NMHC/NAA and a coalition of trade groups have filed a "friend of the court" brief in an important case pending before the Michigan Supreme court that could have a chilling effect on conduit borrowers, including apartment firms, by converting non-recourse loans into recourse loans. (Wells Fargo Bank, NA v. Cherryland Mall Limited Partnership et al., 2011 WL 6785393 (Mich. App. Dec. 27, 2011)
In the case, the borrower obtained a CMBS loan. When the borrower fell behind in mortgage payments, the property was sold as a foreclosure, but the sale left a $2.1 million deficiency. Based on their interpretation of the CMBS documents, the special servicer and subordinate investors sued the borrower to obtain the $2.1 million, arguing that the borrower’s insolvency violated its single purpose entity (SPE) status. They claimed that said violation constituted a "bad boy" act and triggered personal recourse.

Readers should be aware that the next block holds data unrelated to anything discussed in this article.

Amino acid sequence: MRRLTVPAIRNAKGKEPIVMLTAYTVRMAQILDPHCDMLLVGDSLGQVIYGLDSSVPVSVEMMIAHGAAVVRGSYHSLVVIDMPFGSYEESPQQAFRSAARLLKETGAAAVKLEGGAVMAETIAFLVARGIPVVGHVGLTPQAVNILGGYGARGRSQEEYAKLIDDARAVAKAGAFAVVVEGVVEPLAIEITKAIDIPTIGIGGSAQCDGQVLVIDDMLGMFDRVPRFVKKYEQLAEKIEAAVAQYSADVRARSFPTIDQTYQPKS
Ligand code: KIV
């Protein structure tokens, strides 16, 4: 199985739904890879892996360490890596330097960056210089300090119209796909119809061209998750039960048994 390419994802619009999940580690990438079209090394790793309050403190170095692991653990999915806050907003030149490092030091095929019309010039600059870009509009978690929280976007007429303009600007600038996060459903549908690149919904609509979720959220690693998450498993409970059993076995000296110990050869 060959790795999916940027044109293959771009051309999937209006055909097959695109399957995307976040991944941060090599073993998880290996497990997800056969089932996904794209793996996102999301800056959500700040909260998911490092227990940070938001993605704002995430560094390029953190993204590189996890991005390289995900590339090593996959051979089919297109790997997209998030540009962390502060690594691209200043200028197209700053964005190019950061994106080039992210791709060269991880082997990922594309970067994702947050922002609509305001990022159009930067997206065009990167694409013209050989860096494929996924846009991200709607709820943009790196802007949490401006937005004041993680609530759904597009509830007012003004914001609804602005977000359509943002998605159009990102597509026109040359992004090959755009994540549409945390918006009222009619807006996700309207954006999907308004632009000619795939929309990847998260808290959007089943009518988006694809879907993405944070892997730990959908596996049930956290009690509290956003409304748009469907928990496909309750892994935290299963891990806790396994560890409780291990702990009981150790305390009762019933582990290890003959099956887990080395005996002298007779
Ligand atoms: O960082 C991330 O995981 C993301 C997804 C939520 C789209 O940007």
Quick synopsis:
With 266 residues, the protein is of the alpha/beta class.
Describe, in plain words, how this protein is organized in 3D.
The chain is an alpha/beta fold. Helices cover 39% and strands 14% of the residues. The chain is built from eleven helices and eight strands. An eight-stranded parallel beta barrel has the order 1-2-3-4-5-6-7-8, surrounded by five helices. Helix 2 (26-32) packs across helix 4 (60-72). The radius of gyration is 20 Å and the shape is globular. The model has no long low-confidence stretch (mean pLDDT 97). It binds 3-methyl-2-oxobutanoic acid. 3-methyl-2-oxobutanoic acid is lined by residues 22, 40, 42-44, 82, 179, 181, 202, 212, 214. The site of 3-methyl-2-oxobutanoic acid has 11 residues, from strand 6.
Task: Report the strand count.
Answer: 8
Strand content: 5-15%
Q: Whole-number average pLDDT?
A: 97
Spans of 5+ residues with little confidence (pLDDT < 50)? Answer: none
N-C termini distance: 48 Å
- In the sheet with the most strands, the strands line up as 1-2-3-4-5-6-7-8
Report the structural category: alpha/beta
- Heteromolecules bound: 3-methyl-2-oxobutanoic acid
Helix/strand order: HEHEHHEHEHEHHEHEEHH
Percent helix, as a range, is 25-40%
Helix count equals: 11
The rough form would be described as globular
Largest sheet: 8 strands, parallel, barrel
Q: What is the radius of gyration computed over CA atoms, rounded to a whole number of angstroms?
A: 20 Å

If upheld, the ruling could create great uncertainty about the recourse provisions of thousands of current, terminated and troubled CMBS apartment loans worth more than $100 billion made over the last decade.
Our brief argues against the lower court ruling and warns that upholding this ruling could effectively stop the CMBS resurgence. Without confidence that non-recourse loans will remain so absent true fraudulent behavior, the CMBS will not be a viable source of debt capital for the apartment industry.
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